Let’s Not Talk About It

  • WorldNetDaily editor on birtherism: I Am Not a Kook. [TPM]
  • Sarah Palin on Family Guy episode that wasn’t about Trig: It was about Trig. [Facebook]
  • Donald Trump on Global Warming: East Coast snow disproves it, and let’s not talk about Vancouver. [NY Post]
  • Barack Obama on “safe, clean nuclear power”: Hello, Yucca Mountain? Anybody home? No? [Raw Story]

My recommendation for nuclear waste disposal: up Kissinger’s ass.

I thought that was where Nixon was buried.

I am not a flat earther. I just think you will fall off if you sail far enough.
thats all.

Perhaps too parochial to be of interest to anyone Outside the Beltway, but might Marion Barry’s nearly 40-year career in DC politics* finally be coming to a fittingly ignominious end? One can only hope:

D.C. Council Member Marion Barry personally benefited from the contract he obtained for his former girlfriend and directed earmarks that “provided substantial financial benefits to some of his close friends and supports,” [sic] according to a report by attorney Robert S. Bennett.

In the report, Bennett stated Barry violated “D.C. law, council rules and policies and procedures” and recommends his findings be referred to the U.S. Attorney for possible criminal charges.

Barry responded that he did nothing wrong because the council had no written procedures outlining whom a council member could give a contract to.

*I’d call it a “reign of terror,” but in his defense it seemingly wasn’t all bad.

@mellbell: Like this would ever get him booted out of office.

@rptrcub: I know, it’s not exactly his first trip to the principal’s office, but I’m so tired of all the slaps on the wrist, and I haven’t even lived here a full four years.

I guess its just coincidence that every time a black politician is elected in my area, he or she is soon prosecuted for failing to use the more sophisticated methods used by white politicians to direct contracts to their girlfriends and supporters.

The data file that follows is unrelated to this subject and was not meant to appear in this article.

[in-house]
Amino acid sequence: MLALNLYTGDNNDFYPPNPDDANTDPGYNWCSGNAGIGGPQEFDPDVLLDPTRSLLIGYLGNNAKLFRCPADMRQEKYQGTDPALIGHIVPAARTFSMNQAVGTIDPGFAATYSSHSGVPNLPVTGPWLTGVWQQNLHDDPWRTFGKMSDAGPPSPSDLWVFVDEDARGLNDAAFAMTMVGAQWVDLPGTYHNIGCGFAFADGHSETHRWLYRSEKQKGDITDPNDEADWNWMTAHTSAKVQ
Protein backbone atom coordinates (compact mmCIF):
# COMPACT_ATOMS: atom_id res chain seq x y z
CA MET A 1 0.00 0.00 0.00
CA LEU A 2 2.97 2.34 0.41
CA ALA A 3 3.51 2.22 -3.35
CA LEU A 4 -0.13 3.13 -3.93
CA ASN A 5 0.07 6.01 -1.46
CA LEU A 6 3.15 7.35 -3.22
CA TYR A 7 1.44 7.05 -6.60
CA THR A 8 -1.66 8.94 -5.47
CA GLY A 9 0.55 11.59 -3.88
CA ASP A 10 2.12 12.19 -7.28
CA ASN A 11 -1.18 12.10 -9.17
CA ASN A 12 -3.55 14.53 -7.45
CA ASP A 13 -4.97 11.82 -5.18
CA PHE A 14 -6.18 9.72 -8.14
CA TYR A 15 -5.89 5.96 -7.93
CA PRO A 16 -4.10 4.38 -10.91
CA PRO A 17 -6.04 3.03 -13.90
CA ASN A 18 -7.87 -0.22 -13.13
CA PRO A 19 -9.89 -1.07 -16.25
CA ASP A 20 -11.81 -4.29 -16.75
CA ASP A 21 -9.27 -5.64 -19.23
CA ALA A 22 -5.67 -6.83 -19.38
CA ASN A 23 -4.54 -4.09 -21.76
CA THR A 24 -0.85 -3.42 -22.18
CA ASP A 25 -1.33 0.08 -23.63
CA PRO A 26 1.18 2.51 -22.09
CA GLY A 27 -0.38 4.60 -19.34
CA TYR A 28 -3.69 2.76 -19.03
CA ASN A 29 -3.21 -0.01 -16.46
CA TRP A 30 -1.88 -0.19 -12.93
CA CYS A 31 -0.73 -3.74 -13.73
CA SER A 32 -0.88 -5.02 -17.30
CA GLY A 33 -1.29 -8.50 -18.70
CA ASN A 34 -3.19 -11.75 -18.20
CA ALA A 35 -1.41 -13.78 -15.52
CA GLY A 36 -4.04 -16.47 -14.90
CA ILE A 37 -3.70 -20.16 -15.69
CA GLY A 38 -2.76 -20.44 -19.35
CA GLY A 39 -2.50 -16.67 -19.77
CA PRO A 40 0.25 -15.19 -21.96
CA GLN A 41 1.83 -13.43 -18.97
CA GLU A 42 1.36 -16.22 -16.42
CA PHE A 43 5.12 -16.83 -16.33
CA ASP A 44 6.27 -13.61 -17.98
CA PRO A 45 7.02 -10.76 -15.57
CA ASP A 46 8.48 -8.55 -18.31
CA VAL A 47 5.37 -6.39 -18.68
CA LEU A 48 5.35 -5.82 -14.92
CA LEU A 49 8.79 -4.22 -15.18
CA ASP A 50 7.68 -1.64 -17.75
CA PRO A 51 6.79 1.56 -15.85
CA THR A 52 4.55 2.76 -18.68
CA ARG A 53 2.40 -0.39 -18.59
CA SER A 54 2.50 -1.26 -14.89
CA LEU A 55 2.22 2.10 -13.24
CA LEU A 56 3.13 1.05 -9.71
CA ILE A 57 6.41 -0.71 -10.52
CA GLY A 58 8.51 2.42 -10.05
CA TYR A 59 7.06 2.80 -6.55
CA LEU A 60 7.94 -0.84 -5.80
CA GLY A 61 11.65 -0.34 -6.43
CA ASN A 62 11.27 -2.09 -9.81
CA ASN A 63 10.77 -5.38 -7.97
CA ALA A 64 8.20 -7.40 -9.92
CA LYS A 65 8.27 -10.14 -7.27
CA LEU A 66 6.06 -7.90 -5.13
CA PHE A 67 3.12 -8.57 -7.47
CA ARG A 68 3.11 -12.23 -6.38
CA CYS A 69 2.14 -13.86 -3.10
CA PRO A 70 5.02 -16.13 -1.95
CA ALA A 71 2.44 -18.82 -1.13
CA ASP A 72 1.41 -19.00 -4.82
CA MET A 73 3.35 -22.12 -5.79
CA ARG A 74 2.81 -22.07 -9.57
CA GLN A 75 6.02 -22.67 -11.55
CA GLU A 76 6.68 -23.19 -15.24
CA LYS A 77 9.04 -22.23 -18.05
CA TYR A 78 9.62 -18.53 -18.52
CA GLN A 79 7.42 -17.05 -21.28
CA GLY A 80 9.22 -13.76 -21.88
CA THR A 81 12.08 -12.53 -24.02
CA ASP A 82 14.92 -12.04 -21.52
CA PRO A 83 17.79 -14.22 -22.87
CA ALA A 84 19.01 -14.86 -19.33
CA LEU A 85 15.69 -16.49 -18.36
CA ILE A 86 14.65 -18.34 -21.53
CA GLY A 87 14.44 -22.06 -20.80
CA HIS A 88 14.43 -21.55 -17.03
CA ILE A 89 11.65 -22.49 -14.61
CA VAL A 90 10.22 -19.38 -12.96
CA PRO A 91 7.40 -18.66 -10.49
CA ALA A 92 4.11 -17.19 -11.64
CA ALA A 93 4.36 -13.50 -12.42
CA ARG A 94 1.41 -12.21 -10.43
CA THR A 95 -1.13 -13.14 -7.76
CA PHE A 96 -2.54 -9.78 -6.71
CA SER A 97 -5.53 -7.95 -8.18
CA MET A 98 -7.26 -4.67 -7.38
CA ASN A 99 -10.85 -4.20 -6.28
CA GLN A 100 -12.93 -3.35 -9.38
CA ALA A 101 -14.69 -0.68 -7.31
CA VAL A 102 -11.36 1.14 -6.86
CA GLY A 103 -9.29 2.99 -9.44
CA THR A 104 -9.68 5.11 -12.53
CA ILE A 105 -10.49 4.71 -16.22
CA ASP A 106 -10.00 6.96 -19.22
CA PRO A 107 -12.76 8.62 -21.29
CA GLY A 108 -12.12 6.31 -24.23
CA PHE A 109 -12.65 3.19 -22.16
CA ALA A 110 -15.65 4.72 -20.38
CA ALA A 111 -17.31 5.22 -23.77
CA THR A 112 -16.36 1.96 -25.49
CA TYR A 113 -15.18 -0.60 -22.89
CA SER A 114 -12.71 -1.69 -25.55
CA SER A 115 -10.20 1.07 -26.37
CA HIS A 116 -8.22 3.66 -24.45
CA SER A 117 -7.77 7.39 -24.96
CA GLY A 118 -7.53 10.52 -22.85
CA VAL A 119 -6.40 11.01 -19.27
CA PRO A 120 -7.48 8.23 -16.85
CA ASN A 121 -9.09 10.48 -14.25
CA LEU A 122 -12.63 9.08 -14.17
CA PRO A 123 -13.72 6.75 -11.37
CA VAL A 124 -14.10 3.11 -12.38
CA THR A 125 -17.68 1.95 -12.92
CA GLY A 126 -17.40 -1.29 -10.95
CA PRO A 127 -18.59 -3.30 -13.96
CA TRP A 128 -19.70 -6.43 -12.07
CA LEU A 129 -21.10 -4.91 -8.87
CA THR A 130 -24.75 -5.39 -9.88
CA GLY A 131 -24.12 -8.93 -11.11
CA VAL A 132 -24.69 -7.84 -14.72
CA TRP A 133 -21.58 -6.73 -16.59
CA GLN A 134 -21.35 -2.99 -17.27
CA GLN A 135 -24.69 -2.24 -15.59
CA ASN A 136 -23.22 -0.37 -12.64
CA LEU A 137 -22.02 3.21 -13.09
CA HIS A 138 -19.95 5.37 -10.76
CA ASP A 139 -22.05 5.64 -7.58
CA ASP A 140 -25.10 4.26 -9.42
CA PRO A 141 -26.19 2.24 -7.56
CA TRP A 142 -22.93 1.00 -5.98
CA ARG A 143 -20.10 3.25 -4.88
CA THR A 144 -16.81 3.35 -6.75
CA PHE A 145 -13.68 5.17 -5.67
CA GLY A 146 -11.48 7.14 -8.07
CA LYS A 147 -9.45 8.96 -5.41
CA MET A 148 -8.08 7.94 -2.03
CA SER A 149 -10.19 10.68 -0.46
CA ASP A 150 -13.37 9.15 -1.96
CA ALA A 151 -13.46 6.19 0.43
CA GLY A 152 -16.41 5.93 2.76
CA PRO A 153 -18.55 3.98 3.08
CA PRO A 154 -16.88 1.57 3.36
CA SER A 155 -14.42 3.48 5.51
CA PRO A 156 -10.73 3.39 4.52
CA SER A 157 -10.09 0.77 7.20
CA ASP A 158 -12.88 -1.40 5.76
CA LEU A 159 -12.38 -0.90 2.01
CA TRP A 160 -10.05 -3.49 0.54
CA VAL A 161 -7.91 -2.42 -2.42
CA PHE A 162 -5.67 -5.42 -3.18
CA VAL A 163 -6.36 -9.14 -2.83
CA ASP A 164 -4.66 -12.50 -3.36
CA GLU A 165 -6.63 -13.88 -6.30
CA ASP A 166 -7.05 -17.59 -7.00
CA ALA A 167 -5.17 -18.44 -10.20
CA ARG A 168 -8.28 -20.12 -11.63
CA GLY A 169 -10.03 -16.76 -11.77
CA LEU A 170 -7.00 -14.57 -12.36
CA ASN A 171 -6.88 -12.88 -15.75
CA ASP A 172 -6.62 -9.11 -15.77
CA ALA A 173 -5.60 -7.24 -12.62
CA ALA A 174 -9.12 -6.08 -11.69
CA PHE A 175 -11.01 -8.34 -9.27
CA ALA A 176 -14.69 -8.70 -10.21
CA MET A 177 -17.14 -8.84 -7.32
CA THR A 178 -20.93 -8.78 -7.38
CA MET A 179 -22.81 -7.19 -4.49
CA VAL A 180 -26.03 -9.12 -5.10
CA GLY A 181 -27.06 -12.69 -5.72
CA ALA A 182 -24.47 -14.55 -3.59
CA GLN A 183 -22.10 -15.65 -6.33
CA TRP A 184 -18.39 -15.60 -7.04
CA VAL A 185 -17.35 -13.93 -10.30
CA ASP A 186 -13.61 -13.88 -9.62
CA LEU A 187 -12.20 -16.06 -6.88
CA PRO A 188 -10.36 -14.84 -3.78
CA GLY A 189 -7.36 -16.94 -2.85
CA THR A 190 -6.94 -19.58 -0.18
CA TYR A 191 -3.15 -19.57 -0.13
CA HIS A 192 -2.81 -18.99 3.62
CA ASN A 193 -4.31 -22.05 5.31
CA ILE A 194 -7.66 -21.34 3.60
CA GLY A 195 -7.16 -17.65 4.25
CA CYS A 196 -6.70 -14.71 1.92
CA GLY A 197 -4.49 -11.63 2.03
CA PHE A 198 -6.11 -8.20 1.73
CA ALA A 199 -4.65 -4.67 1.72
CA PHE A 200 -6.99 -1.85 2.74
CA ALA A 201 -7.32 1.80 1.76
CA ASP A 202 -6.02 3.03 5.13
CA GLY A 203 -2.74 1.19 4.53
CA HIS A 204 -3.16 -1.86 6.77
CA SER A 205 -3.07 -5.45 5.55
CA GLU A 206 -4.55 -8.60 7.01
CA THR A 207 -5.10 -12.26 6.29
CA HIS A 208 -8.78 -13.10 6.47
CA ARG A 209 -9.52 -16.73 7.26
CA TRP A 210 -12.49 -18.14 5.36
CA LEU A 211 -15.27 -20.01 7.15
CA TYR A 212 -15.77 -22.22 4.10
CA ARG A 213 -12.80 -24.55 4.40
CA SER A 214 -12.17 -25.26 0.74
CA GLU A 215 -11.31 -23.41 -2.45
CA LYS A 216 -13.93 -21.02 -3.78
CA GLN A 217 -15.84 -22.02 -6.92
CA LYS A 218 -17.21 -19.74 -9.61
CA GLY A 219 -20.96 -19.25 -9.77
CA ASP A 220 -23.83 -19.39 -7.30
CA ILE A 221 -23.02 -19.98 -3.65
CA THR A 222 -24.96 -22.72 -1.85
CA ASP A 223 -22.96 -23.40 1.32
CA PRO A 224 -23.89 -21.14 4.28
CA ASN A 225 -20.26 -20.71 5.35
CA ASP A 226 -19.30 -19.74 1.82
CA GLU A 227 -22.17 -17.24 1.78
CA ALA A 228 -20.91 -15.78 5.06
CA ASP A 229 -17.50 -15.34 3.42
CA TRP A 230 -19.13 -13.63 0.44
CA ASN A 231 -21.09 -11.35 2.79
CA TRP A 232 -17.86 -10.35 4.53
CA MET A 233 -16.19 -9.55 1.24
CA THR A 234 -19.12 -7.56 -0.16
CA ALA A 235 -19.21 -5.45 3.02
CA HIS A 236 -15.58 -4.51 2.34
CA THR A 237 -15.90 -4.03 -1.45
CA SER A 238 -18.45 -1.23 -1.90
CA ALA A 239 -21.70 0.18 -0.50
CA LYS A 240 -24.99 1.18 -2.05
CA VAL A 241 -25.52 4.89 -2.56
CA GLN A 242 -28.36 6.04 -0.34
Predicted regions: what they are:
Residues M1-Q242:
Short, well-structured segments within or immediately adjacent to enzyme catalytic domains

@Prommie: Takes time for any new guy to get up to speed.

@Prommie: It’s not like there are no whitey politicians/evangelists who’ve been caught with their hand down some man-whore’s pants while their noses snuffed up some illicit powder.

I say fly free!

Just don’t pulpitize from your pompates, then ye will not be judged.

@redmanlaw: As a Native ‘Merican, and thus mythically invested with a more profound connection to The Land than “us”, I’d like to know what your take is on the way we feed ourselves hegemonic democracy empire.

Why can’t “we” man up and kill/grow our own food? Why can’t “we” figure out how to maintain our commons in a state that benefits the community? Because that would be fucking communism, or even worse, socialism?

At what point does long-term survival become politically incorrect impossible?

Also, Unicorn urging us to build more “safe, clean” nukular power plants? Because the Chinese are doing it? Fuck me, fuck me, fuck me. This is the best of all possible worlds, now that we have a Democrat in the White House and Democrats in the Congressional Majority. Yeah! Go USA! We’ll find some place to bury that waste where it will be safe and untouched for hundreds of thousands of years, hey, the Egyptian pyramids are still standing after 5000 years, what more could you possibly fucking want?

@Pedonator: Oops, I think I posted this in the wrong thread.

Also, redmanlaw, I’m absolutely not attacking you as espousing any particular set of views, I just thought it would be interesting to get a take on a modern redman’s views about how our peeples feeds itself. Among other things.